Sedona Addresses Affordable Housing Gap
The median cost for a single-family home in Sedona is more than double than of other Arizona cities and is out of reach for many workers.
Sedona, with an economy that thrives on tourism, has always been an expensive place to live. But after the state passed a law that the city could no longer prohibit people from using homes as short-term rentals, the affordability gap widened. Karen Osburn, assistant city manager, said the city is initiating a study to figure out the best way to confront the issue.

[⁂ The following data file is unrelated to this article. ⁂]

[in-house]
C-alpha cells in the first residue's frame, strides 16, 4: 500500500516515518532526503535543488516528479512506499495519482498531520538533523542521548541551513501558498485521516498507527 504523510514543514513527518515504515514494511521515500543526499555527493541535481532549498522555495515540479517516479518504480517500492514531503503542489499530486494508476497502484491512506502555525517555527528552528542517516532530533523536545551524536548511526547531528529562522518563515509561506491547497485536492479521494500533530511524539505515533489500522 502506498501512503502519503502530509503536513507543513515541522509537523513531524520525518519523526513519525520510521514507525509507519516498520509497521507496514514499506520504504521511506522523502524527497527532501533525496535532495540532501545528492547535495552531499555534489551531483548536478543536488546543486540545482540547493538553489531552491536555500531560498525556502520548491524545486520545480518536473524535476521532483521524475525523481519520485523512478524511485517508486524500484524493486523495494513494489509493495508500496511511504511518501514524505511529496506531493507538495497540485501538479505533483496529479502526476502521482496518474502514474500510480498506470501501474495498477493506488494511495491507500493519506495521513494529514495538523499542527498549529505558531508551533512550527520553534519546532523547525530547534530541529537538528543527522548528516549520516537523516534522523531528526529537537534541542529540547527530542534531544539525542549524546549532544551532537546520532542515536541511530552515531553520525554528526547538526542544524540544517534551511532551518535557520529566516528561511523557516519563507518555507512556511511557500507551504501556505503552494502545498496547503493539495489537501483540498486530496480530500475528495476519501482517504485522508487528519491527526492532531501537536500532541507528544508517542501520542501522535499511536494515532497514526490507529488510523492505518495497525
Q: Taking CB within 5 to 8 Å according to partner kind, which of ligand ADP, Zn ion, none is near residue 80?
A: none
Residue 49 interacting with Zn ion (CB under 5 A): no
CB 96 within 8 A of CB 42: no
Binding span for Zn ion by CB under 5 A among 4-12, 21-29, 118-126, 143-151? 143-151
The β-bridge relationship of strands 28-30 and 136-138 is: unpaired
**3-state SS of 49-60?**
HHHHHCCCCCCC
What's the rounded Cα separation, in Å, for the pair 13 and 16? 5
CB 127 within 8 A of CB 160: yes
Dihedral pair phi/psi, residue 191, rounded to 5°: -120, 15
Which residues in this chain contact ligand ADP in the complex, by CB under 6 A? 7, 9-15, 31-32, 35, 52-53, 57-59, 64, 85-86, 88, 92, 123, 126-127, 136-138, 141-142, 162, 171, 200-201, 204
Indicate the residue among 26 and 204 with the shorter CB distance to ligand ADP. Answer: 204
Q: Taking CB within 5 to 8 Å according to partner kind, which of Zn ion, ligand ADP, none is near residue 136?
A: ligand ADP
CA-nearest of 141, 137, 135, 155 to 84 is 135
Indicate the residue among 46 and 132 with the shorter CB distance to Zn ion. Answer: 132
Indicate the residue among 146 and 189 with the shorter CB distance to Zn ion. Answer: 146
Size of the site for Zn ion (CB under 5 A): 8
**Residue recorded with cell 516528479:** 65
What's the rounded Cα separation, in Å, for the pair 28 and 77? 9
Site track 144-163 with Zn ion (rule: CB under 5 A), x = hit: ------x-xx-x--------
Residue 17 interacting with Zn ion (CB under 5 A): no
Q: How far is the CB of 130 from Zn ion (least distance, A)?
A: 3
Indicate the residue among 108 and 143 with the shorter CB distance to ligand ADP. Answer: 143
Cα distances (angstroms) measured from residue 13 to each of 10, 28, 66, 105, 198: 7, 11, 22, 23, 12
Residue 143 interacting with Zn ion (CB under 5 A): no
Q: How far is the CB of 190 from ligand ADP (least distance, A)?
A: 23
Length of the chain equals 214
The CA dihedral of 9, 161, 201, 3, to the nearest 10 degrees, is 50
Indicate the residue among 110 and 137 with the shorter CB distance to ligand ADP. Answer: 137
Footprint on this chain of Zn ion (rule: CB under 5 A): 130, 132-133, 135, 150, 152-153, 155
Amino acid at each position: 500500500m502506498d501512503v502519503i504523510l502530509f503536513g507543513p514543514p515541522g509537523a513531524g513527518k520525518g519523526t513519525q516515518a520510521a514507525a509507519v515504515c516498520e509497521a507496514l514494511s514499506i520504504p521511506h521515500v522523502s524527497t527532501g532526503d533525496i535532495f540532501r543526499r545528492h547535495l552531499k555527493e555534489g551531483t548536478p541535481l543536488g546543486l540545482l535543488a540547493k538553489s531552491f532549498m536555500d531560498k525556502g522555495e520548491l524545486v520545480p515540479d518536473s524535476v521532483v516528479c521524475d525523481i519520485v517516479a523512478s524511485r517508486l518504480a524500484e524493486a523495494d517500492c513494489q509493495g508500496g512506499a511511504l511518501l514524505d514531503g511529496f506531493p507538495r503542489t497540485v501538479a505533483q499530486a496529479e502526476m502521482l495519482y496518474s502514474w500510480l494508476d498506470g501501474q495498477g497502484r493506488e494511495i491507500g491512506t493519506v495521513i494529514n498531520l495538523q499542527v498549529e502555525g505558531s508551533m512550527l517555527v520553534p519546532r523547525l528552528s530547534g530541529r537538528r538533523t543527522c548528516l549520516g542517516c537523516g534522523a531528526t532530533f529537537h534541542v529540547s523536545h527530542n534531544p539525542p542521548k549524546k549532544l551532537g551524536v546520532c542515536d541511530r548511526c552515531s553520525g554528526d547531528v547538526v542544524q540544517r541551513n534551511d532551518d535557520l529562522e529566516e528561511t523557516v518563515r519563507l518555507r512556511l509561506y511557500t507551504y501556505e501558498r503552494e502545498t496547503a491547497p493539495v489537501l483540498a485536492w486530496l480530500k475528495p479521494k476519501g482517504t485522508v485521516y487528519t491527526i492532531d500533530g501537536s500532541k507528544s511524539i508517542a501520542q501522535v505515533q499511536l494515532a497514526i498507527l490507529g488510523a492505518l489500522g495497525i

“There are two components to the study. So one is a needs assessment. And the second is to develop a five-year, affordable-housing action plan,” Osburn said.
Osburn said that the city hopes the study is finished within nine months and that new building projects can begin soon after.
The Sedona City Council has allocated $2 million to an affordable-housing fund to bridge the gap between workforce income and the cost of long-term housing.
“The council has identified this workforce housing issue as one of their highest policy priorities, but we really don't have a plan in place, as to how to do that. So that's why this is going to be so important to us," Osburn said.
Osburn said the last time she checked Zillow for long-term rentals, there were only 28 listings. Those ranged from $1,550 per month for a small two-bedroom to $4,500 per month for a standard single-family home.